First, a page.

If you're shopping for used on eBay or Craigslist, you can find a Allen Heath ZED-24 in your budget.

    And you could also be looking for an old-school Mackie VLZ. They're still a reasonably good mixer and going dirt-cheap used these days on eBay.
    I don't think there will be much to choose from in the newer Mackie Onyx mixers with 16 mic inputs, but who knows - you might get lucky.

    If you don't need anything really fancy, the Soundcraft MFX, EFX, MPM, EPM series also sound good for the price. But you'll still have to find one used to hit your pricerange.

    Good luck.
     
  4. iaddrummer

    iaddrummer Active Member

    re

    im confused what exactly was wrong with the unity? I thought that used to be peavey's hi end stuff. the allen and heath is nice but i have found one in my pricerange and it was on ebay and im a lil sceptical of buying one on ebay used sight unseen without testing it first as far as what we were wanting to run we at most would run 2x15 mains2, a sub, and 3to possibly 5 at most monitors so yeah just let me know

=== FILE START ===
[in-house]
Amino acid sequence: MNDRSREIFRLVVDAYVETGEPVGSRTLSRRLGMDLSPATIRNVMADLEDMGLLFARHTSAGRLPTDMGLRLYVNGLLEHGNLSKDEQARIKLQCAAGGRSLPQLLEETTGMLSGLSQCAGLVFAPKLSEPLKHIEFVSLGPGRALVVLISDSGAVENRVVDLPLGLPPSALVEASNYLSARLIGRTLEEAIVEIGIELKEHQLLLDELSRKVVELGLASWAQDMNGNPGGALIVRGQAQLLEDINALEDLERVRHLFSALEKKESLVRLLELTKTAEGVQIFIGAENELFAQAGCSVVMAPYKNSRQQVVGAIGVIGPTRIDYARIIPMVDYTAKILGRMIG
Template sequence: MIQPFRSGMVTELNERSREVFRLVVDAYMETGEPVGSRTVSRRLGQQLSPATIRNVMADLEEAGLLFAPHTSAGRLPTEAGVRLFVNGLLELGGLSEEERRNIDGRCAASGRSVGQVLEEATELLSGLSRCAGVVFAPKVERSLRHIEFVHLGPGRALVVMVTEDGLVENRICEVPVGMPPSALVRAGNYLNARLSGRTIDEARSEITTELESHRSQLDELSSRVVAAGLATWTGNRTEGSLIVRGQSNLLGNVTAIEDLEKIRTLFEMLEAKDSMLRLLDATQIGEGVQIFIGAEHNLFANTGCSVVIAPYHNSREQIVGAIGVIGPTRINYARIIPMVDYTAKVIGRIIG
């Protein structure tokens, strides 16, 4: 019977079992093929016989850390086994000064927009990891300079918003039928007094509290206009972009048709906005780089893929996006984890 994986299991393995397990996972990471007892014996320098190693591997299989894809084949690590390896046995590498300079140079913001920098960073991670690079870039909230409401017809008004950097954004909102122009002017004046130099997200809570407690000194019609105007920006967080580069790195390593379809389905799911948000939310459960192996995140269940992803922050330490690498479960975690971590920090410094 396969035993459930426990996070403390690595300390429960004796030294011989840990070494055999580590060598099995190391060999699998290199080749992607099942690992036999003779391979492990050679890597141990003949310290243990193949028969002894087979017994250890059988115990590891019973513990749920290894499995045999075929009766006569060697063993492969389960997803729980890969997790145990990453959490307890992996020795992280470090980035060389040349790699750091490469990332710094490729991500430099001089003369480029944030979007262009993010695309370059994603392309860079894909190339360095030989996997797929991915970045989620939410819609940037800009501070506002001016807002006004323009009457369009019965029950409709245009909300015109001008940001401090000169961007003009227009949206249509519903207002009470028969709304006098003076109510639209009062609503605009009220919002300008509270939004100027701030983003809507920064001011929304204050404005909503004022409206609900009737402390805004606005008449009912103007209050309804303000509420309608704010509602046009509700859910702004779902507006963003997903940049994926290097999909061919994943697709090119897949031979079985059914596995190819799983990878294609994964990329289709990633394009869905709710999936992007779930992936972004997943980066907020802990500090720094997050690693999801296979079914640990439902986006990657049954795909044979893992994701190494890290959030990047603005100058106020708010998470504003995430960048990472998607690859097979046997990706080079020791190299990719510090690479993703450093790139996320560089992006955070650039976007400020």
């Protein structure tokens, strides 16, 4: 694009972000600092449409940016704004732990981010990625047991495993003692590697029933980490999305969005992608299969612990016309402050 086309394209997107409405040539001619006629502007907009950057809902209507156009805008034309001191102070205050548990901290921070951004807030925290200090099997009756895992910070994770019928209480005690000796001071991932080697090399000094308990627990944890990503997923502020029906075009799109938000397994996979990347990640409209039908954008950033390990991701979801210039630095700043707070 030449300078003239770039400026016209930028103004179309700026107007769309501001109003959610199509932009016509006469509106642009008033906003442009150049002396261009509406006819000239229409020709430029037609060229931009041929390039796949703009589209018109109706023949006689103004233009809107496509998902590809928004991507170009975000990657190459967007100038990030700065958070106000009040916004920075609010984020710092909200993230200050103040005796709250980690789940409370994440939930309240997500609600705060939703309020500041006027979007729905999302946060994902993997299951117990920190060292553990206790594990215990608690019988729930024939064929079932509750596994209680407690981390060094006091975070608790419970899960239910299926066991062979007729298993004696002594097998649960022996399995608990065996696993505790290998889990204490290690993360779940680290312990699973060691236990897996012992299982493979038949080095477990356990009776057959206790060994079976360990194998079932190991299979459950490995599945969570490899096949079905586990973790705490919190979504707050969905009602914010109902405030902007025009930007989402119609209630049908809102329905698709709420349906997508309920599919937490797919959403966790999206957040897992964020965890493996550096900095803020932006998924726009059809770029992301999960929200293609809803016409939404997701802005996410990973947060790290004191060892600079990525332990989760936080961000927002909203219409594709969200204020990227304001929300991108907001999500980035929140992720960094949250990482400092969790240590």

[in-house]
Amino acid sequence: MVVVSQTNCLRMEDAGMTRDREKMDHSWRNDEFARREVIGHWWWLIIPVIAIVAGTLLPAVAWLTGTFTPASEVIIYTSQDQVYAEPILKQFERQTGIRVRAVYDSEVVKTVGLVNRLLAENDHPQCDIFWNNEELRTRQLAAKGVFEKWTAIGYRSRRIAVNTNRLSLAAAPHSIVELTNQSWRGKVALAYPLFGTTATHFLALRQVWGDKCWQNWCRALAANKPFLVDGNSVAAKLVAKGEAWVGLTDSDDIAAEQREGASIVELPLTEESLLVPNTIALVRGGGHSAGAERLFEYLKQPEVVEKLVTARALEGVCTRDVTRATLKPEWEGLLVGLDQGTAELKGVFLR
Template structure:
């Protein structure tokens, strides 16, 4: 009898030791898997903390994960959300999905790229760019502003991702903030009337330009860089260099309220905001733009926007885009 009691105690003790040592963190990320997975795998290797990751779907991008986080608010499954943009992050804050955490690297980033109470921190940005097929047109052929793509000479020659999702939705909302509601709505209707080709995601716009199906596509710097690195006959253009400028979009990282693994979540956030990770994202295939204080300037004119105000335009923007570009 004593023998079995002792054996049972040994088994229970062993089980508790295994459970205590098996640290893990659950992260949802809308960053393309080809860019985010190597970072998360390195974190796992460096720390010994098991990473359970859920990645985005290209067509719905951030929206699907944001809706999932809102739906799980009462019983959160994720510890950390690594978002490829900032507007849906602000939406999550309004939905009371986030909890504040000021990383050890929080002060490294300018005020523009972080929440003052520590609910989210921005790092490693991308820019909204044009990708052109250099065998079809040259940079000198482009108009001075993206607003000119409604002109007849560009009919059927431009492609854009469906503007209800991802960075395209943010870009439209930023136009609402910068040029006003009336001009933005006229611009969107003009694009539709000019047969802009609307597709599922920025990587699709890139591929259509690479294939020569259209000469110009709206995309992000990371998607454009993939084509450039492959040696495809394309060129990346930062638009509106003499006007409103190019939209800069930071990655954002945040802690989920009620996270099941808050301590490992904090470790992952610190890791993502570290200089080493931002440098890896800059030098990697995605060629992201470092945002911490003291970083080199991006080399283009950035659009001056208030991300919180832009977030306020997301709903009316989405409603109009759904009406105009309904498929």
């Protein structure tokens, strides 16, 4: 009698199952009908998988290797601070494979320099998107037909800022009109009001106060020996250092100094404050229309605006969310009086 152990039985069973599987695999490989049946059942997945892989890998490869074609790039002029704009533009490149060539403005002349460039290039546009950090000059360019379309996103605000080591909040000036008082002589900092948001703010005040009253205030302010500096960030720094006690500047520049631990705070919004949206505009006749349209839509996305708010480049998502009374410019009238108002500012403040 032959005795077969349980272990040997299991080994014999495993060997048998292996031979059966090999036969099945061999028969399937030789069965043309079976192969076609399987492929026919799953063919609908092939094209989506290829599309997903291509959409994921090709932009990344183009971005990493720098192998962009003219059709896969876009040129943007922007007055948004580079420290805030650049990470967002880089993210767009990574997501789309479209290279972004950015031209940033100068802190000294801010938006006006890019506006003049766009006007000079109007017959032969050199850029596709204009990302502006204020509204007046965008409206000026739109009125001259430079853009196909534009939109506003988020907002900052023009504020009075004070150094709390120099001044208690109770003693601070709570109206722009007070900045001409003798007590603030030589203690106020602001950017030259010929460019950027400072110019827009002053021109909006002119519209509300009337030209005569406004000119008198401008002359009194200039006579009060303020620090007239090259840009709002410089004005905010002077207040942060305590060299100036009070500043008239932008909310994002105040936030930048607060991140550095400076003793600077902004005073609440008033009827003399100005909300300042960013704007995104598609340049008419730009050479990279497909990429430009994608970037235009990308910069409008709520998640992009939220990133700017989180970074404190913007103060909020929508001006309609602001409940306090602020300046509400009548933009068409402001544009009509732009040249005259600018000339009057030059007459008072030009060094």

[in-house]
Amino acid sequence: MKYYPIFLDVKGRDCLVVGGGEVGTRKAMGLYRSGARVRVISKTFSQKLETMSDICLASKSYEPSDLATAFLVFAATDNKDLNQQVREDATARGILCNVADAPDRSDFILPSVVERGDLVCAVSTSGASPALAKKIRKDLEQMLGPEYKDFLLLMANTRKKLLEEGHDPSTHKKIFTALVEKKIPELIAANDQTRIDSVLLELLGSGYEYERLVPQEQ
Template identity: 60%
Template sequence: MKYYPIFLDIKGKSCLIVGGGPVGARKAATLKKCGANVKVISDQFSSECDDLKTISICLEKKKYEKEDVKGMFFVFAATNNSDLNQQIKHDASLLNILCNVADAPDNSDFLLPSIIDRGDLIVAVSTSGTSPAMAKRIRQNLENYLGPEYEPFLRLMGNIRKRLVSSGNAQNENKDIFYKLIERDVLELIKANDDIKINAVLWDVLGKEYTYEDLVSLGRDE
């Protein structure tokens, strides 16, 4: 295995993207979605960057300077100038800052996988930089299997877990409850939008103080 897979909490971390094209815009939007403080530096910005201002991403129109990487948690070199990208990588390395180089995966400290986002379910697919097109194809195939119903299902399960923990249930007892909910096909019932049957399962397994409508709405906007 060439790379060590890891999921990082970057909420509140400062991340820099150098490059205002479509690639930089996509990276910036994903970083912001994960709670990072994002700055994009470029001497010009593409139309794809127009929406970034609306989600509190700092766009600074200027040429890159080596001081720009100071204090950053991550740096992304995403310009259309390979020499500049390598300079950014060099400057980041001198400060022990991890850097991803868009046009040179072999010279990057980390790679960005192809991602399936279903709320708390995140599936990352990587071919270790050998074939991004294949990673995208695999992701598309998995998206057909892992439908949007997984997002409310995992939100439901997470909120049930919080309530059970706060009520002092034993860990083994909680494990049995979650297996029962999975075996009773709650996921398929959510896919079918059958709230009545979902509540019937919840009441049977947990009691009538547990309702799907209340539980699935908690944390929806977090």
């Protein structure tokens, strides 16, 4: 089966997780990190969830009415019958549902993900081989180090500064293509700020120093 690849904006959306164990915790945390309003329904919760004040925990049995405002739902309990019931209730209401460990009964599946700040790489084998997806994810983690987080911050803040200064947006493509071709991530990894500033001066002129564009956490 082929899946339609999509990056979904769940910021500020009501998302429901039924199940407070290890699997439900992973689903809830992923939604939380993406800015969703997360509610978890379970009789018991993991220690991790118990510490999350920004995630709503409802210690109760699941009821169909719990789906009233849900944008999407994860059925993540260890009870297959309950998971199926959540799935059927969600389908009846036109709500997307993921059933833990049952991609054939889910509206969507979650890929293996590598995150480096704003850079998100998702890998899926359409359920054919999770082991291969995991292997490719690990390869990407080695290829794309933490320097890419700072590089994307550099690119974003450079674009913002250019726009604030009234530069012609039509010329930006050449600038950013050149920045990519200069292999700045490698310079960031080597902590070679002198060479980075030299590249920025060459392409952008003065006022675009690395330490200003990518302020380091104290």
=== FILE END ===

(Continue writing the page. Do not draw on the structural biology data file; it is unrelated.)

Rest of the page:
5. bouldersound

    bouldersound Real guitars are for old people. Well-Known Member

    Unity was Peavey's compact/affordable series. Their RQ mixers were bigger and did more. Now they have the PV and FX series.

    A&H Mix Wizards are nice, and pretty reliable. There was an issue with lifted grounds on the faders which made them act wide open, but that was corrected with the WZ3 version, and it's a fairly easy fix if you get a WZ2 with the problem. A WZ3 16:2 offers up to four monitor mixes.

    I'm used to Mackies, for better or worse. I can operate a 1604VLZ blindfolded. They are a little quirky, have shortish faders (60mm vs. A&H's 100mm) and tightly packed knobs, but I like the features. They can be had cheaply on Ebay or Craigslist. The U.S. built VLZ Pro version is my favorite, but they got less reliable when production moved to China. Even then worth considering. I have two, one U.S. built and one probably Chinese. Both work fine after years of abuse. On balance a friend has a VLZ (pre Pro) with issues. You will only get two monitor mixes out of a 1604VLZ of any variety. Avoid the original CR1604.